A week and a half ago, I twisted my ankle while working out, and from somewhere inside my foot came the unmistakable (even if one has never heard it before) sound of a bone-crunch.

Pertinent to this anecdote is the detail that I am absurdly stubborn and ridiculous when it comes to bodily injury. I am capable of healing all that is in my body with my mind, and if I’m not, an Epsom salt bath will be is my guiding mantra. Don’t talk about it, don’t focus on it, don’t tell lots of people about it (via one’s blog), or it will expand in importance. Concentrate on healing, make like you are fine, and you soon will be.

So, naturally, I taped the foot up and carried on, defying defeat.

On the following Monday, my best attempts to conceal a limp from my doctor-client failing miserably, I heeded her advice and headed for a doctor of my own.

When a loving, caring individual who, themselves, is trusting your guidance, suggests that your approach to medical care might not be wisest in the long run (a.k.a. cockamamie and irresponsible) you acknowledge it might be time to admit your way isn’t working.

So I made like an adult and submitted myself to the x-rays which confirmed that the snap-crackle-popping over the weekend had, in fact, been the bone in my foot fracturing.

The good doctor bid his adieus after breaking the news, and ushered in his stead a nurse to fit me for a boot. I watched as she unharnessed the length of its many Velcro straps, bowled over by the height of the thing, entirely unappreciative of her ski-boot comparison. I did as I was told and slid my heel into the furthest reaches of the beast, the lump in my throat swelling with each Velcro strap she secured.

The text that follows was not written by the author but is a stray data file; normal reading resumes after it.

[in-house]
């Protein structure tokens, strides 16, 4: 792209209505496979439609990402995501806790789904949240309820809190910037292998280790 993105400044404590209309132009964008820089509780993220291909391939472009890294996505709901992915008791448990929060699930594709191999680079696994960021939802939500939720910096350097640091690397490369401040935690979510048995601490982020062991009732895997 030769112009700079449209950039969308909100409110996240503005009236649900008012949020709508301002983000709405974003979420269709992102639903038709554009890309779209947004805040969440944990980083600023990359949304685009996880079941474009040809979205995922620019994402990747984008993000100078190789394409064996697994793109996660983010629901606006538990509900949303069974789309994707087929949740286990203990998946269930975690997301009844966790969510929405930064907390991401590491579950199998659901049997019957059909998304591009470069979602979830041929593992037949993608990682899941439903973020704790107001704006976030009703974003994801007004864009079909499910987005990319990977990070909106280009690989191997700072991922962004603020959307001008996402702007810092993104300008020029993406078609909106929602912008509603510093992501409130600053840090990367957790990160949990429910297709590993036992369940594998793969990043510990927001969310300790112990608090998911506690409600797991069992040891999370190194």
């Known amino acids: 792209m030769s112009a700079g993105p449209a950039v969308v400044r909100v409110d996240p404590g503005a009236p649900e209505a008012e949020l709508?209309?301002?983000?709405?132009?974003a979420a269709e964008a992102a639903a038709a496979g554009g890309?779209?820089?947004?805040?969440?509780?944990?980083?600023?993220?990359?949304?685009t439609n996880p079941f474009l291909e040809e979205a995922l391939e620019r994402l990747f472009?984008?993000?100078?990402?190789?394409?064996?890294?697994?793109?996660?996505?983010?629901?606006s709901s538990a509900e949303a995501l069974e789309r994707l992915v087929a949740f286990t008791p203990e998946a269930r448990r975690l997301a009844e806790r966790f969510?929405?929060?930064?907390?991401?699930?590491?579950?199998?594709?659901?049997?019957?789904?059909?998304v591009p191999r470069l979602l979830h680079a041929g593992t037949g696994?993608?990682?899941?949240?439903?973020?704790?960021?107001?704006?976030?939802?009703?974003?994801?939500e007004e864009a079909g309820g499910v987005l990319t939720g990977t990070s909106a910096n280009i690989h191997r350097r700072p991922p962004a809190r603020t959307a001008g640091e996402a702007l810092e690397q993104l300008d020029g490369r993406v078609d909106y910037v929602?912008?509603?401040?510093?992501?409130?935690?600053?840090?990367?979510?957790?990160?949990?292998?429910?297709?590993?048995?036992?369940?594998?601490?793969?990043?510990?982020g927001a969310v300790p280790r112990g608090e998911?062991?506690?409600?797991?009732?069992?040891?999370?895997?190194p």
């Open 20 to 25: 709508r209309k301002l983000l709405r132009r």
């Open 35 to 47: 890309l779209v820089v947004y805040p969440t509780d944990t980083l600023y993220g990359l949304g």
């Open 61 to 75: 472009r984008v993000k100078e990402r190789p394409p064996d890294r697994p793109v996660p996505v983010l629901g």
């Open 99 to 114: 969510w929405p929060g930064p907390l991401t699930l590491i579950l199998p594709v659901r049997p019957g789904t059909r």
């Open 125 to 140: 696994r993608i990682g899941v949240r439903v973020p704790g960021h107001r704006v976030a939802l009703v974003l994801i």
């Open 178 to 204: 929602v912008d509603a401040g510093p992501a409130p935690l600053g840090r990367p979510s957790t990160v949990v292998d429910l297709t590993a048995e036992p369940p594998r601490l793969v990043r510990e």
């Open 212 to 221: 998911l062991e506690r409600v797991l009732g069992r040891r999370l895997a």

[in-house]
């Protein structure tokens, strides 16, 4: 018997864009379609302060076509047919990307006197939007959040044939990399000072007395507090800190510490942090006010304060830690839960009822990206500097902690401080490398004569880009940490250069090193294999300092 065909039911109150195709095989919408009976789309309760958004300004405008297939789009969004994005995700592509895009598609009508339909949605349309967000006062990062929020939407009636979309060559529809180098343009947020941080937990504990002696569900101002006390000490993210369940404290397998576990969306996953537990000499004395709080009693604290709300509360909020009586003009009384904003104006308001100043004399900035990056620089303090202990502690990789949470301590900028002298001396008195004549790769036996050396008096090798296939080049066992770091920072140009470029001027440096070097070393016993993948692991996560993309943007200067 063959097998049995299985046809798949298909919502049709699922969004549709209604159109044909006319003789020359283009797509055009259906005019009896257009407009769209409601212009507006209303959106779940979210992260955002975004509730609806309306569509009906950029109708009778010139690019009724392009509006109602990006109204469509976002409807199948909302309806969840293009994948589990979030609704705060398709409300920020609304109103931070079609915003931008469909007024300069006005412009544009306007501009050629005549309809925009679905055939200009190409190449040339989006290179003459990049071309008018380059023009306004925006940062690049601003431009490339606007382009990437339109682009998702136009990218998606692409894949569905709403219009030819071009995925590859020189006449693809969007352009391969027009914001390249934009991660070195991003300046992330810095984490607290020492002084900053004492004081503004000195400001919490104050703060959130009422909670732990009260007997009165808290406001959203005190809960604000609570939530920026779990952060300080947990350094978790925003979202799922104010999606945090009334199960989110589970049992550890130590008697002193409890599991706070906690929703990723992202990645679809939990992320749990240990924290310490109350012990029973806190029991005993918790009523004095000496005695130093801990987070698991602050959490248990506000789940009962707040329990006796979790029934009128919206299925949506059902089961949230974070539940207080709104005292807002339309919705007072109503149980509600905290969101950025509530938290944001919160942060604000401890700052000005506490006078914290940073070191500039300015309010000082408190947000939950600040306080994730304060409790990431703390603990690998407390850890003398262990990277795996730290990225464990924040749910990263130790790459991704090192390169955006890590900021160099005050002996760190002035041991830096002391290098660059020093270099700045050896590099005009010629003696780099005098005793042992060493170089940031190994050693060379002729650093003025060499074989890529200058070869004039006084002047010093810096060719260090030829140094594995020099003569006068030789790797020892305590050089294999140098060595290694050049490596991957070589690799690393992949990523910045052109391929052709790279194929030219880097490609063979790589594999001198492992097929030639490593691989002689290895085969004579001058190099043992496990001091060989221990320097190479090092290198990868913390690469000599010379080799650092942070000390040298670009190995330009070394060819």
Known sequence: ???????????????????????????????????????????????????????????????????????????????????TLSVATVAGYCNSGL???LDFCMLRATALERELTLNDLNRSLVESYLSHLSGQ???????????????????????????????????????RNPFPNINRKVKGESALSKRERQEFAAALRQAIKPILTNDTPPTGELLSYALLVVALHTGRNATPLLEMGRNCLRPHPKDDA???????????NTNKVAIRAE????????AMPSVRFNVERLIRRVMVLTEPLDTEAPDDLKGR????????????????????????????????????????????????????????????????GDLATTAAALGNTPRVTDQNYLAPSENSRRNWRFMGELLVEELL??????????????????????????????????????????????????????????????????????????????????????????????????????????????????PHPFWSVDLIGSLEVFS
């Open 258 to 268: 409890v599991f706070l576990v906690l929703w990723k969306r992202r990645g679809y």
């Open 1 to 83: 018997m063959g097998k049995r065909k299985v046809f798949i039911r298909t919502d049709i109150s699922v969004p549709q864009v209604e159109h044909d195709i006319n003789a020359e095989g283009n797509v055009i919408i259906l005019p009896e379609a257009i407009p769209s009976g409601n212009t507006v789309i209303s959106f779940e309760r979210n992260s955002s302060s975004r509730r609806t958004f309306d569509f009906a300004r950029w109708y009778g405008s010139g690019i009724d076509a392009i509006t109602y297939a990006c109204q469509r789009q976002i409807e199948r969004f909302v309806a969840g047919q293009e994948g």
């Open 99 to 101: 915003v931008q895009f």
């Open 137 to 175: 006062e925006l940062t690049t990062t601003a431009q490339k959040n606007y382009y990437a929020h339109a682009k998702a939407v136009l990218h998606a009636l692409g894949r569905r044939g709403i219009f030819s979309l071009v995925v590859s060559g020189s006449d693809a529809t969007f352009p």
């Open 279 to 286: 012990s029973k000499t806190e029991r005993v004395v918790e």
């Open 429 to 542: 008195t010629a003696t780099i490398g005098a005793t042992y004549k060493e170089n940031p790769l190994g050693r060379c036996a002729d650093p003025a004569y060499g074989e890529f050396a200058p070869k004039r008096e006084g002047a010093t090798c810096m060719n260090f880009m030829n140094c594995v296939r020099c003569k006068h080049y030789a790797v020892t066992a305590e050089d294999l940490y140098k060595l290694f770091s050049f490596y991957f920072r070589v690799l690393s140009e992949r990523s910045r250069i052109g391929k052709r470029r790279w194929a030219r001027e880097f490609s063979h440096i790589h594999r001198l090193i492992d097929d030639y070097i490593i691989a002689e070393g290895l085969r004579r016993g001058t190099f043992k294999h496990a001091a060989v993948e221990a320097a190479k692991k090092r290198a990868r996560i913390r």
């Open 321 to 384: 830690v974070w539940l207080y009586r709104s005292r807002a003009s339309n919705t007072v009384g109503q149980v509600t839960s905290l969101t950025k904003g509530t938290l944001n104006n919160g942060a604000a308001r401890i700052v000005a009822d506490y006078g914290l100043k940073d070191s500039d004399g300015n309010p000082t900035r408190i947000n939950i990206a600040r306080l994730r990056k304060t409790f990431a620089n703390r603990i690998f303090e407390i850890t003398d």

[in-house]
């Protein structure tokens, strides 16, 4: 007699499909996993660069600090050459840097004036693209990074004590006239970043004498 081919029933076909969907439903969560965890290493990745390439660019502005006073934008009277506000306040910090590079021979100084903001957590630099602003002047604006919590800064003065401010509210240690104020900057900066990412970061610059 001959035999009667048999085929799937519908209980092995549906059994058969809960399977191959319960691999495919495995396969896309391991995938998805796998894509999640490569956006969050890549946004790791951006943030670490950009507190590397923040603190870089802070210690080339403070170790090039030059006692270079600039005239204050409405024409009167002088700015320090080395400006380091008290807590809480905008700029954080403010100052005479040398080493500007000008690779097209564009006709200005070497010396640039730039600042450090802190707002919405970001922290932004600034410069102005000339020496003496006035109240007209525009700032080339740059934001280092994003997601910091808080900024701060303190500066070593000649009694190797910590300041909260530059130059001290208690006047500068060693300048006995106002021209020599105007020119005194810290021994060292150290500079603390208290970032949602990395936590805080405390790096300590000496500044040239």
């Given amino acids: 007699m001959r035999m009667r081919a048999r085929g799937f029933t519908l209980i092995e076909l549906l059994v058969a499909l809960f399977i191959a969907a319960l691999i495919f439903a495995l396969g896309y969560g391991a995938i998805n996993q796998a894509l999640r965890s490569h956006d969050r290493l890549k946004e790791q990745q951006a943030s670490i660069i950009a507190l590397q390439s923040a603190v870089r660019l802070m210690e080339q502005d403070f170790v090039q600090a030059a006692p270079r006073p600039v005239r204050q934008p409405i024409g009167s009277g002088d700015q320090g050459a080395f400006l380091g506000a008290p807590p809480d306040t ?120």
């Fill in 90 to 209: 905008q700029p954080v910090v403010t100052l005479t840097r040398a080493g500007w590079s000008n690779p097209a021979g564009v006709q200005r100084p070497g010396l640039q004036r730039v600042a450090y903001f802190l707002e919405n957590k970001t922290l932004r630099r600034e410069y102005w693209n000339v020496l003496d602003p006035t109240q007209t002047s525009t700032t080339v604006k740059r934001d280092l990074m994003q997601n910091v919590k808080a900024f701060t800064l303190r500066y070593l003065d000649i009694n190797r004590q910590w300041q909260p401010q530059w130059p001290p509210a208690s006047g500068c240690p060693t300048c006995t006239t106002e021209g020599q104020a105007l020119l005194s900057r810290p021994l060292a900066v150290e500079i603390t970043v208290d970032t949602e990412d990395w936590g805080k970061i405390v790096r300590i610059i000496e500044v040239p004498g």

I hobbled the length of so many corridors back down to the parking garage feeling as though my life-momentum had been unceremoniously quashed. I was a car with a boot on it trying to drive. I was a small child trying to swim with a tire big enough to be swing. I was going to cry. It was definitely going to happen.

My mind was spinning, desperately trying to decode the situation in order to see the bigger lesson. Maybe it wouldn’t have been had I not gotten into a car accident a handful of week’s prior. Surely I was meant to be reading these events. They must have been trying to tell me that I needed to slow down, or that I was bad, or not careful enough. And why did things like this keep happening? Because I hadn’t yet made the changes I was supposed to! Because I hadn’t sufficiently addressed some horrible, lurking flaw, surely. This was my fault. I had brought it on myself. To punish myself. For being flawed! But I want to be good! I thought. I want to learn the lesson! I am paying attention, I swear! 

A block out of the parking garage, now in full-cry mode, I pulled over and dialed my dad. And this is what this story is actually about, because miraculously, he answered.

”Dad? Can you talk?” I blubbered.

”Yeah, baby,” he said.

“I was just fitted for a boot which is longer than my leg because I fractured my foot and I just keep thinking that—-“

He listened to my tears, and held my self-pity and my striving.

”You know, Arianne, we have a saying in psychology about Freud,” he said. “Sometimes a cigar is just a cigar.Sometimes a foot is just a foot.I think you’re attaching too much meaning to this.”

”Oh.” I breathed. “Oh. Whoa. Okay. A foot is just a foot.”

To get why this stopped me in my tracks you have to understand that this was coming from the man who’d always insisted on the importance of serving the greater meaning. Yet here he was, telling me a cigar was just a cigar.

And just like that, everything was fine. I stopped being upset. I adopted a different attitude about the boot, namely: marginal annoyance.

For as much work as we must do to look for the learning, there are times when the lesson is that there is no deeper lesson. And not to put so much pressure on ourselves. And that accidental life circumstances, by their very name, imply the conditions with which they are brought about.

That’s what this story is about. It’s about a cigar being a cigar, and a foot being a foot, and car being a car, and a whatever your thing is being whatever your thing is.

Sometimes, things just are, and the most insightful thing we can do is not to give those things more meaning and importance than they deserve. That was, after all, my intent to begin with.